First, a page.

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The_sandlapper

The South's best public schools

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I saw this posted on another thread on this site and thought it was note worthy. Despite the south's horrible reputation for public education (esp. SC) it seems that there are a few shining gems to consider. Some cities are expected others I'm sure will come to a surprise.

According to expansion management magizine these are the south's top public shool systems in 2005.

MSA's with over 250K students:

1. Tampa (#5 nationally)

2. Dallas (#6)

MSA's with 100K - 250K students:

1. Austin, TX (#1)

2. Raleigh, NC (#2)

3. Richmond, VA (#7)

4. Columbia, SC (#9)

MSA's with 50K - 100K students:

1. Sarasota, FL (#3)

2. Palm Bay, FL (#6)

3. Huntsville, AL (#10)

These were the only MSA's to rank in the top ten in their category.

Any thoughts questions concerns?

The south always gets a bad rap for public education, but its good to see some positive recognition for what it's worth.

source: public school rankings

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This is actually quite a refreshing education ranking for once. I was expecting this thread to be an <insert suburban school district here> thread, but it's nice to see entire metros being recognized. It's also nice to dispel the myth that you can't get a good education in the south.

From SC, I'm surprised to not see Spartanburg and Greenville on the top of the lists. From what I read those cities/metros are blessed with an abundance of over-achieving schools. I also have to add that Tampa is quite surprising, as I generally hear more about the Orlando area schools when it comes to state rankings.

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That makes sense that Columbia is ranked high - whenever we visited Irmo High or met anyone from that high school we were alway impressed. This is coming from someone from Northwestern high in Rock Hill which wasn't too bad of a school.

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Jacksonville has the number 2 and 3 ranked high schools in the country.

The schools are:

2. Stanton (I went there for 1 year and is usually ranked number 1)

3. Paxon

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I'm not surprised to see Columbia's schools so highly ranked. The schools in the Columbia area are adequately funded and supported. The reason South Carolina as a whole is so low on school rankings is that our rural schools are dismally funded and supported. The school s are often in deplorable condition and the teachers are insufficiently paid. The state needs to put all education money in one pot and distribute it according to the number of students in the district. As the system stands now, schools in wealthy school districts have plenty of money and schools in poor districts have little money.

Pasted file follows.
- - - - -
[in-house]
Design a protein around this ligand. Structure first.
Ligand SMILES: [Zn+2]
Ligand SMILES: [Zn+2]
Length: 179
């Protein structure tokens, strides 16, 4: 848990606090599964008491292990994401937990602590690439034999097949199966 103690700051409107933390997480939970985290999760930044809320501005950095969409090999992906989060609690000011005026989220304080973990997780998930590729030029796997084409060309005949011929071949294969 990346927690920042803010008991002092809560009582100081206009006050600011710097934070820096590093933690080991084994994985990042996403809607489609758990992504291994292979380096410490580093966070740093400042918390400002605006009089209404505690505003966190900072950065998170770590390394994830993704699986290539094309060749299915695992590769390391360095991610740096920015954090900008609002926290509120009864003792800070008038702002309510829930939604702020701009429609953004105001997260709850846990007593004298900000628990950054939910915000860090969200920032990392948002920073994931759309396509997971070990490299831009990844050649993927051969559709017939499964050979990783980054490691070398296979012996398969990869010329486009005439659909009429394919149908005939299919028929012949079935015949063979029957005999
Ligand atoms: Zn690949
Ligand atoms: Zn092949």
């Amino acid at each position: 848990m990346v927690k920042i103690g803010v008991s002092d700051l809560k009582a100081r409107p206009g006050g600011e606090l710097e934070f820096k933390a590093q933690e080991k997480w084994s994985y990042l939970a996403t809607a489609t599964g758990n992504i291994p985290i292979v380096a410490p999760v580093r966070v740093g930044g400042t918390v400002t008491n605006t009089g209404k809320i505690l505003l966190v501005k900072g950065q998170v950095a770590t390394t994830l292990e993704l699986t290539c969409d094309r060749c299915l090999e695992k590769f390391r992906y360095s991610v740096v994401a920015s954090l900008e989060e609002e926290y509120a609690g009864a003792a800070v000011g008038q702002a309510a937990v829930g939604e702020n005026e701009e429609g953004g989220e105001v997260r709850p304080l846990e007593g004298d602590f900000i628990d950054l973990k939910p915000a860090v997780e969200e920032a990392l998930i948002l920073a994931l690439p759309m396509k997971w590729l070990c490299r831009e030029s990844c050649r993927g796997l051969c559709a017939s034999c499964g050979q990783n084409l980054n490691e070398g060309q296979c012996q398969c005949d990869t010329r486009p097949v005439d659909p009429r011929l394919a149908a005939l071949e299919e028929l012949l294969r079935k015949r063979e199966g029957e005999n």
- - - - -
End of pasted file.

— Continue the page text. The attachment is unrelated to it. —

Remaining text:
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Jacksonville has the number 2 and 3 ranked high schools in the country.

The schools are:

2. Stanton (I went there for 1 year and is usually ranked number 1)

3. Paxon

<{POST_SNAPBACK}>

According to who? Its kinda hard to rank high schools...theres so many of them. Plus the method used to rank the schools is usually biased one way or another. For example the challenge index is a popular method to rank schools but that method excludes all high schools that chose more than half of their students by grades or test scores. The school I graduated from (Hume-Fogg in Nashville) had both grade and test score requirements for entry so it wasn't even eligible to be ranked by that method. However, the College Board has ranked my old high school among the top 20 in the nation, but that could be construed as unfair since it got to pick the "cream of the crop" for entry. All in all I say that no matter which method is used to rank schools it is going to be biased in some way or another and therefore I don't put much weight into rankings.

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From multiple sources and listings. Have a look yourself.

If you use one style, it's ranked number 2. If you use the other method, it's ranked number 1.

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Does anyone have a list showing the worst public school sytems in the South?

I think that would be interesting to see as well. I looked on the site from the first post, but didn't find anything.

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That makes sense that Columbia is ranked high - whenever we visited Irmo High or met anyone from that high school we were alway impressed. This is coming from someone from Northwestern high in Rock Hill which wasn't too bad of a school.

Irmo, and maybe one other HS from that part of the area are really the only decent high schools in the Columbia metro. Frankly, I'm shocked that Cola ranks as high as they do, when you consider the area has several other high schools that are just abysmal, such as Brookline-Cayce.

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Irmo, and maybe one other HS from that part of the area are really the only decent high schools in the Columbia metro. Frankly, I'm shocked that Cola ranks as high as they do, when you consider the area has several other high schools that are just abysmal, such as Brookline-Cayce.

Columbia has Richland District 2 which has plenty of good schools in all of SC and Richland District 1 has Hand and Crayton which I think are very good and Richland/Lexington 5 isn't bad either :thumbsup:

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It makes sense to me!!

The Tampa Bay area has some great nationally ranked high schools. Most of the elementary and middle schools in the new upscale suburbs are also very good despite some overcrowding.

#10 Hillsborough High -Tampa

#35 St. Petersburg High - St. Petersburg

#36 King High -Tampa

#69 Plant High - South Tampa

#83 Palm Harbor - Palm Harbor (Tampa Suburb)

http://www.msnbc.msn.com/id/7761678/site/newsweek/